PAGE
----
Republicans and Democrats sparred for a second day Tuesday over an internal Justice Department report that sharply criticized former FBI director James B. Comey for the bureau’s work investigating Hillary Clinton in 2016.

Inspector General Michael Horowitz answered questions for more than five hours at a joint hearing of the House Judiciary and Oversight committees, a day after he testified before a Senate panel about his 500-page report.

The report issued last week detailed how Comey and other senior law enforcement officials veered away from Justice Department practice, policies and professional standards in their handling of the Clinton case.

Horowitz found no evidence that specific investigative decisions in the case were affected by the political biases of some at the FBI, but Rep. Trey Gowdy (R-S.C.), who chairs the House Oversight Committee, said the bias that was found strikes at the integrity of the criminal-justice system.

“If someone is prejudging the outcome of an investigation before it ends and someone is prejudging the outcome of an investigation before it even begins, what is more textbook bias?” Gowdy said after reading text messages between two senior FBI officials, Agent Peter Strzok and lawyer Lisa Page.

Horowitz agreed that Strzok’s words were “completely antithetical to the core values of the department and extremely serious,” adding, “I can’t imagine FBI agents suggesting even that they might use their powers investigating, frankly, any candidate for any office.” But he defended the report’s findings, stressing that “we didn’t find or see evidence of the prosecutors who were impacted by [Strzok’s] bias.”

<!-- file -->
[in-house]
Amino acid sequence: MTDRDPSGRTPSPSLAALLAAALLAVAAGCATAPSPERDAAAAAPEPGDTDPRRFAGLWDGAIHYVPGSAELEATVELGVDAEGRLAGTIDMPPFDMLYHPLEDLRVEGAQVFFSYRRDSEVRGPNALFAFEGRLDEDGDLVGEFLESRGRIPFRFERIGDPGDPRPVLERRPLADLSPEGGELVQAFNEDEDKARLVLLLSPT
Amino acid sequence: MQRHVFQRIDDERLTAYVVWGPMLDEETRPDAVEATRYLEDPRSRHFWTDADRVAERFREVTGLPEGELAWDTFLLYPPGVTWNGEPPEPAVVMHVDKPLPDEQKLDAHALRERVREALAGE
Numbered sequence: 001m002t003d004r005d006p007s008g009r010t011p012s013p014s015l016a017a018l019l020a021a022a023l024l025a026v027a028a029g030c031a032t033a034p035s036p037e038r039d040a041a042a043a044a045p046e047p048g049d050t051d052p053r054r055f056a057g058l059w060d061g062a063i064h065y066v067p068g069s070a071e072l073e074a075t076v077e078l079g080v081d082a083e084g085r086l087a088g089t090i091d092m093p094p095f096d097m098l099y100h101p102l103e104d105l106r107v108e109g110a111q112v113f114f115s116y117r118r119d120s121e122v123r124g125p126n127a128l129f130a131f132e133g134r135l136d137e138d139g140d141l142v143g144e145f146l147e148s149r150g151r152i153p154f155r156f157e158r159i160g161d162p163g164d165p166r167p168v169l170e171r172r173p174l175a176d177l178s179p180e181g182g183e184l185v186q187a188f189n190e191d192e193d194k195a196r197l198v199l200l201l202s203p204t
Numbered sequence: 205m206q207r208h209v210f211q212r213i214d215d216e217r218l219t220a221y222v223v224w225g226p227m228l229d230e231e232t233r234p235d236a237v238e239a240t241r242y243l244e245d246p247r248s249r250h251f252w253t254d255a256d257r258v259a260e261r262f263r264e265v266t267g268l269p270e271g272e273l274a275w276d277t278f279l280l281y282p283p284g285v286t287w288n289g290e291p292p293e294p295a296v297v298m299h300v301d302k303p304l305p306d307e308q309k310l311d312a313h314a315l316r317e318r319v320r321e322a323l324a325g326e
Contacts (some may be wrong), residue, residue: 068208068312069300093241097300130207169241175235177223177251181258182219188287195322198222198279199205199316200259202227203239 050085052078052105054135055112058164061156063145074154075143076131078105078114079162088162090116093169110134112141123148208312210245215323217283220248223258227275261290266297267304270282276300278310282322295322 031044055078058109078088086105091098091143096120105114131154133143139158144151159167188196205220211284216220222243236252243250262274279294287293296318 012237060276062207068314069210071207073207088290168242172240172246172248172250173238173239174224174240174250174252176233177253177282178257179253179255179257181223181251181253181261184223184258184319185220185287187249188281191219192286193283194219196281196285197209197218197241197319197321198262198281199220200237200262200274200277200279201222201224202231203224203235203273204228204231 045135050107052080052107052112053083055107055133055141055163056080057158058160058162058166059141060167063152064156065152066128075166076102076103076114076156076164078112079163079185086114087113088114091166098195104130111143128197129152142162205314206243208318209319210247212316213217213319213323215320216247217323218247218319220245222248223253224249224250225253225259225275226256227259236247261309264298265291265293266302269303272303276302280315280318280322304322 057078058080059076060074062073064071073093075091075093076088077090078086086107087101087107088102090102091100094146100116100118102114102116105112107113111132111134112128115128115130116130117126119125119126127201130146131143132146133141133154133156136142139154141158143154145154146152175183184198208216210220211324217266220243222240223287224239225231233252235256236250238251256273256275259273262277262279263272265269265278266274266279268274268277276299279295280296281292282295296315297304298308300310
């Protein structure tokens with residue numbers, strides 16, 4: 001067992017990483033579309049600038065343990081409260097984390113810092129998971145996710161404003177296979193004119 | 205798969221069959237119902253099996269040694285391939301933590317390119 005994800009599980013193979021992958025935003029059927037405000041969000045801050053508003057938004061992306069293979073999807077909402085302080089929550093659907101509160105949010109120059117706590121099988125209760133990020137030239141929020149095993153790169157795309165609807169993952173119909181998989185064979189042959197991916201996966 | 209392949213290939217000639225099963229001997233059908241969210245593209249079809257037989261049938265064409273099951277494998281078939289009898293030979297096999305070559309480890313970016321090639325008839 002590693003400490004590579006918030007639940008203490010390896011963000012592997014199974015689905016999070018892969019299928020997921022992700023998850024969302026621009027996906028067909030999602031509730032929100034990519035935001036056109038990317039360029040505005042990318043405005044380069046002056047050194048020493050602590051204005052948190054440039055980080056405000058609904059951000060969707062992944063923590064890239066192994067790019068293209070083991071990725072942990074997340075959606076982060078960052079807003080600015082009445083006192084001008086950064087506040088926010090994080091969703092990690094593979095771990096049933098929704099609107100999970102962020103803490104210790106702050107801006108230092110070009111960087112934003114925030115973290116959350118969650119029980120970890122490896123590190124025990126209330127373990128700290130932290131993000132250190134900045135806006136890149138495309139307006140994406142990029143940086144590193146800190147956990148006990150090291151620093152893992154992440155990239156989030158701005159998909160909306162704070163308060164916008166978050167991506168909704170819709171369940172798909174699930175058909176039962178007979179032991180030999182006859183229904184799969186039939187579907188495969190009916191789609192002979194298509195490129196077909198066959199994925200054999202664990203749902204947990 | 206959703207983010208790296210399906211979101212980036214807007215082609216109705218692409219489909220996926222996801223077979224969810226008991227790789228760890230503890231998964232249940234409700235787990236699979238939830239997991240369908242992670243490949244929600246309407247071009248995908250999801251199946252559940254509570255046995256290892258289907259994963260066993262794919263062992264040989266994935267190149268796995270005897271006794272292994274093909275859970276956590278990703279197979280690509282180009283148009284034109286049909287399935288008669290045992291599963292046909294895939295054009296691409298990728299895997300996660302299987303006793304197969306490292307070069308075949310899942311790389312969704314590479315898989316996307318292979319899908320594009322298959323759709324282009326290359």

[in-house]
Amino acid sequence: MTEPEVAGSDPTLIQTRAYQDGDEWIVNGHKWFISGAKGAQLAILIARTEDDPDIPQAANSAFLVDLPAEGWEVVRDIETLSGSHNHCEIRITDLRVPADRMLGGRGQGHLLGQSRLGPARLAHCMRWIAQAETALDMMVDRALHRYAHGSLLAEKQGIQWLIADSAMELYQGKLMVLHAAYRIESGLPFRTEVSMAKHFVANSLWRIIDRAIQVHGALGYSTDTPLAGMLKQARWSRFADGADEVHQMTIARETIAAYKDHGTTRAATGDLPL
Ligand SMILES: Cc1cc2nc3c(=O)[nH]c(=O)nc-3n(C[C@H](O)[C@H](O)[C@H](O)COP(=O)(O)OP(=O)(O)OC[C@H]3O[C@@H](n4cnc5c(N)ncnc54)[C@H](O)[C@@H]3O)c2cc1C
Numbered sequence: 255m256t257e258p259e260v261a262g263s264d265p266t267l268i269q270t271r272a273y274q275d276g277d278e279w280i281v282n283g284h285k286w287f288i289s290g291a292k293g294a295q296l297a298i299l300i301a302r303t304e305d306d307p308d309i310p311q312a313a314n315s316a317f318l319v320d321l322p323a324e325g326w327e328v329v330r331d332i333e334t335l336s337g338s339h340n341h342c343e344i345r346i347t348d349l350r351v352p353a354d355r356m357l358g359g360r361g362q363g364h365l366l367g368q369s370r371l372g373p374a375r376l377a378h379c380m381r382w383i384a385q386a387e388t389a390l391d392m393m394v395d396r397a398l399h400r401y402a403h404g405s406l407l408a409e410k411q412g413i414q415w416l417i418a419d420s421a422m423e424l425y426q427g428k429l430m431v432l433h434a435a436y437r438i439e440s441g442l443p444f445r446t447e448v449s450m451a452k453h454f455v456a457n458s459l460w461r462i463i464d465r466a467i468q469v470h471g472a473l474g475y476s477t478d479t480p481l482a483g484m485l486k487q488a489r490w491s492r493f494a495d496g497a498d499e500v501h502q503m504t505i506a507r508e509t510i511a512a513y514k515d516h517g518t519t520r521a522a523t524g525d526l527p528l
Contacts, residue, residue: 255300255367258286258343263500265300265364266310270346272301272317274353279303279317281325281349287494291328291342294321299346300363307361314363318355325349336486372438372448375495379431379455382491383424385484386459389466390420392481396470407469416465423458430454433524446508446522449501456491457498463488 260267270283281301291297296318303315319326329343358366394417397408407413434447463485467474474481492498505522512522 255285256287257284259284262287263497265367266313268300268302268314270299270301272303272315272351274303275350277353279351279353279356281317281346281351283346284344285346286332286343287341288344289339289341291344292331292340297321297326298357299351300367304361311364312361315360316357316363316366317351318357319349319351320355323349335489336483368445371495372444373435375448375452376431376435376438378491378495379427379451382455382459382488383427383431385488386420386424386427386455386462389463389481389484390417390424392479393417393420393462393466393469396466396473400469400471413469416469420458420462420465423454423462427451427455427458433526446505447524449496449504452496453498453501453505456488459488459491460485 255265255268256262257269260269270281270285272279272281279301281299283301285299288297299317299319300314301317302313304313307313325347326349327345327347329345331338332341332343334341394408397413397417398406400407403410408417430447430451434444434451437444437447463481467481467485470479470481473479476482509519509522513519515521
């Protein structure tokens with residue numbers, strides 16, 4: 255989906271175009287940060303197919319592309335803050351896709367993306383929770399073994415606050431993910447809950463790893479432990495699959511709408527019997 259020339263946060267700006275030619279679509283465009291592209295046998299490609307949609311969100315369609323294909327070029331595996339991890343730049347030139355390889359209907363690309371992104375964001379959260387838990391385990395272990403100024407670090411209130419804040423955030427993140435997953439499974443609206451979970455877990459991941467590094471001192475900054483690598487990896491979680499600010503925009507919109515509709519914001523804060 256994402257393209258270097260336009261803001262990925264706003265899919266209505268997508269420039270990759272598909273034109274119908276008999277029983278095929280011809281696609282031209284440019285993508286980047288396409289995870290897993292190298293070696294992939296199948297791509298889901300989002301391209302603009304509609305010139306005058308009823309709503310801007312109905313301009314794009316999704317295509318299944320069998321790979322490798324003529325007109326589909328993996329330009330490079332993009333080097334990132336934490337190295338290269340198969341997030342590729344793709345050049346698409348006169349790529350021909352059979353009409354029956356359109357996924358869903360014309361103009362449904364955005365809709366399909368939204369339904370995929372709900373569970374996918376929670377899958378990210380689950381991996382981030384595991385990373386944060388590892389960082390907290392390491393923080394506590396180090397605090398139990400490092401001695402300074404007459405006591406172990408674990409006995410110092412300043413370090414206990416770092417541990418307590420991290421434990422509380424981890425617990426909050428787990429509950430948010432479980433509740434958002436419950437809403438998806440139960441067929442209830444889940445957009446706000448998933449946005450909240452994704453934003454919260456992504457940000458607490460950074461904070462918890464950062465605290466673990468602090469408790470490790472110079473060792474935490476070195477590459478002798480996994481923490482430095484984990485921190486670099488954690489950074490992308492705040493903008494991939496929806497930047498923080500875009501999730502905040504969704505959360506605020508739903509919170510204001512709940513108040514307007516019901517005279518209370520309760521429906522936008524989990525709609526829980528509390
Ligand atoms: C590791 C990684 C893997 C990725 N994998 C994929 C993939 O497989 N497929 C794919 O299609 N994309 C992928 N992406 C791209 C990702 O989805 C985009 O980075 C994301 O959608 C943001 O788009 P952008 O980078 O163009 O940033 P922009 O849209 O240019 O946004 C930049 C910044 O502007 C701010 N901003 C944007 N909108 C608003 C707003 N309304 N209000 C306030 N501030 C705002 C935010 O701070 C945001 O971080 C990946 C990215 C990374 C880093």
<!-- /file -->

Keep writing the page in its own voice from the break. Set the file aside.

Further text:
Strzok is still an employee of the FBI, though officials have begun disciplinary proceedings that may lead to his ouster. Strzok’s attorney said he was escorted out of the FBI building Friday. Page left the FBI last month.

Tuesday on Capitol Hill, Republicans sought to use the findings to cast doubt upon the fairness of the ongoing special-counsel probe into Russia’s interference in the 2016 election and whether any of President Trump’s associates coordinated with the Kremlin to influence its outcome.

Democrats lambasted their GOP colleagues for disregarding what they said was a more pressing problem for the country — the Trump administration’s move to separate migrant families at the border and detain children apart from their parents.

“Are we really going to sit here, 70 members of the Congress of the United States of America in 2018, and have a hearing that just repeats the hearings the Senate had yesterday on Hillary Clinton’s emails?” asked the Oversight Committee’s senior Democrat, Rep. Elijah E. Cummings of Maryland.

He said the U.S. government is running “child internment camps” at the border. “What country is that?” he asked angrily, urging Republicans to pressure Trump to reverse course.

Cummings’s remarks were another indicator of how reaction to the long-awaited inspector general’s report on the Clinton investigation has largely fallen along partisan lines, with Republicans accusing the FBI of going easy on Clinton and Democrats pointing to Horowitz’s conclusion that whatever bias was uncovered did not appear to affect the case.